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Tuesday, 26 November 1985
Page: 2232


Senator MAGUIRE —My question is directed to the Minister representing the Treasurer. Has he seen the recent statement made by the Leader of the Opposition, Mr Howard, in South Australia during the State election campaign that he would scrap the 13 1/2 per cent ceiling maintained by this Government on bank home loan interest rates? What impact would this policy of the Liberal Opposition have on home buyers compared with the Hawke Government's policy on bank home loan interest rates?


Senator WALSH —Fortuitously I have in front of me an extract from the House of Representatives Hansard of 13 September, when Mr Keating said to the Opposition Leader:

Let me just get this right. What the honourable member is saying is that we should lift the housing rate ceiling.

Mr Howard replied: `Yes'. At least that is one of his answers which was unequivocal. He said that we should lift the housing rate ceiling. As further evidence of the disarray and confusion in the Liberal Party, with it running hither and thither, Mr Olsen, in an attempt to repair the damage done by that and other statements from the temporary Leader of the Opposition, is reported in the Adelaide Advertiser of 15 November as follows:

The Leader of the Opposition, Mr Olsen, said yesterday he agreed with the Federal Government's policy of retaining the 13.5 p.c. ceiling, despite being ``in conflict'' with his Federal leader, Mr Howard.

Of course, Mr Olsen is trying to run away from the Federal Leader's policies. But the facts are that it would not matter what Mr Olsen or any other State Liberal Party leader did. If there were a Federal Liberal government, the policies of the Federal Liberal government would prevail and there would be no ceiling on bank housing loan interest rates. That is even more astonishing, given that the South Australian Liberal leader said last week, I understand, that a State Liberal government-which fortunately will not appear-would seek to renegotiate the financial arrangements with the Commonwealth with a view to getting more Commonwealth money to pay for proposed State government tax cuts. The position of the Federal Liberal Party on that question was, of course, spelt out a couple of weeks ago by the shadow Treasurer, Mr Carlton, who called upon the Federal Government not to proceed with the proposed 2 per cent real increase in general purpose payments to the States. So, if there were a Liberal Federal government, the financial agreements with the States would be renegotiated, but they would be renegotiated in the opposite direction from that in which Mr Olsen says they should go.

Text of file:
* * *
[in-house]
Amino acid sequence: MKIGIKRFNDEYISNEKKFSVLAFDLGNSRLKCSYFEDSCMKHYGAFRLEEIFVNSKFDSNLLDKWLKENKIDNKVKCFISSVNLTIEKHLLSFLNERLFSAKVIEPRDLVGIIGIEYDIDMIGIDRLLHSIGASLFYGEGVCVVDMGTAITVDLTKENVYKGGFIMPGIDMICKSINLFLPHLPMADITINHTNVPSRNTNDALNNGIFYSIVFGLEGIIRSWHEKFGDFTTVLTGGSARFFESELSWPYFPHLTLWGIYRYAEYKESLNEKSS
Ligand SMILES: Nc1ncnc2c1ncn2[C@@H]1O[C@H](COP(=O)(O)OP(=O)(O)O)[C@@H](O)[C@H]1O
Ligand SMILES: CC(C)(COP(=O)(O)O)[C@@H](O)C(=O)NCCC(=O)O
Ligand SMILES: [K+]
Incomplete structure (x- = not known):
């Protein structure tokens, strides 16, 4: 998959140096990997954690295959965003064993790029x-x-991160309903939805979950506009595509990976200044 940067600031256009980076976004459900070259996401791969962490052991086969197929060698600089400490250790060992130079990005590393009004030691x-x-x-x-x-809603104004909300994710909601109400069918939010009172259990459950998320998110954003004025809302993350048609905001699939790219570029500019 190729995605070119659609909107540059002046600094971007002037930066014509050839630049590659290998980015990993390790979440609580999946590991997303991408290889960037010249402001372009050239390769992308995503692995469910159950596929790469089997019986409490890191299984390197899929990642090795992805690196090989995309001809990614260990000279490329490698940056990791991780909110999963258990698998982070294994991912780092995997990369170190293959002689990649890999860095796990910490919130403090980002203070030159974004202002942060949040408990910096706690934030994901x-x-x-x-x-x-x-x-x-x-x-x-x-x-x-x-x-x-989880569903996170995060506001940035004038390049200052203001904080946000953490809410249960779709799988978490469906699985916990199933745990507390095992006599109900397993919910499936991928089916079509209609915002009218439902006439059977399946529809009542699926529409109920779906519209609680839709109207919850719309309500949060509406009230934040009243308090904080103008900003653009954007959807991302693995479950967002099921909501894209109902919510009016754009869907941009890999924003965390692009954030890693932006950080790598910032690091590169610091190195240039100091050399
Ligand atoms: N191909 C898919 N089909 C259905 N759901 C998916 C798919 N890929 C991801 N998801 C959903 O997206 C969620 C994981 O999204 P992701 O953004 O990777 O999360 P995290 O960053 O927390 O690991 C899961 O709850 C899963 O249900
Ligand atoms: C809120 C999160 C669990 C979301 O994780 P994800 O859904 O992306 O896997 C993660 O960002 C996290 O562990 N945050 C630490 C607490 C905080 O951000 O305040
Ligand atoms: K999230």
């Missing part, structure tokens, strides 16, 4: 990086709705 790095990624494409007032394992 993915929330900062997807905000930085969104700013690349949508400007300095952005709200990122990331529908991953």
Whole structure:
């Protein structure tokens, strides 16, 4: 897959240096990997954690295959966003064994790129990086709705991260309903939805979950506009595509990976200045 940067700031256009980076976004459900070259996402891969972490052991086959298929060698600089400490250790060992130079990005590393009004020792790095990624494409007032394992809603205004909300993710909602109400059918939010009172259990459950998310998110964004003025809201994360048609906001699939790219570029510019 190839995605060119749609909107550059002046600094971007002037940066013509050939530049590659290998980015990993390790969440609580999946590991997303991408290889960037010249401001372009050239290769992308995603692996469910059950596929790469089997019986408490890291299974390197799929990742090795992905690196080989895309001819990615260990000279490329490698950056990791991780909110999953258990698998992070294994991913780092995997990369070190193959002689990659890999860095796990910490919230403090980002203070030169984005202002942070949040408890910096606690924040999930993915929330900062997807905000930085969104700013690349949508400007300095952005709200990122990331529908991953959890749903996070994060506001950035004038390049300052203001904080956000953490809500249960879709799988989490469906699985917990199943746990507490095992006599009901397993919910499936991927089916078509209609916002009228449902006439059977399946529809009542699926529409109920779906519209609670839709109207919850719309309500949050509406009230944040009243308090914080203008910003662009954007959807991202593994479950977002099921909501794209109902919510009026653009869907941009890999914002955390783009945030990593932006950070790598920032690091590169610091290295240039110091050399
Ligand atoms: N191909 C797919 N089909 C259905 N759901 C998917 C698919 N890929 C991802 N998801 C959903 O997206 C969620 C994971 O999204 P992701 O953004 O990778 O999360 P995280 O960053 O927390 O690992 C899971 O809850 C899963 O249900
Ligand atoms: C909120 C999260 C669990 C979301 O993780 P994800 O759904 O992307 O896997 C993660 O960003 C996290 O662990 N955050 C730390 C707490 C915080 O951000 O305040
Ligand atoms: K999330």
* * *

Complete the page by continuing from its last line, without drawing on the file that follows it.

Finally, this extraordinary run-around and this succession of contradictions and backings and fillings that we have seen within and between the South Australian Liberal Party and the Federal Liberal Party are indicative of the sorry condition of this once great Party. It gives me no satisfaction at all, as a member of the best government that Australia has had at least since the 1940s, to see an opposition and a once great party in the State of disarray that it is now in.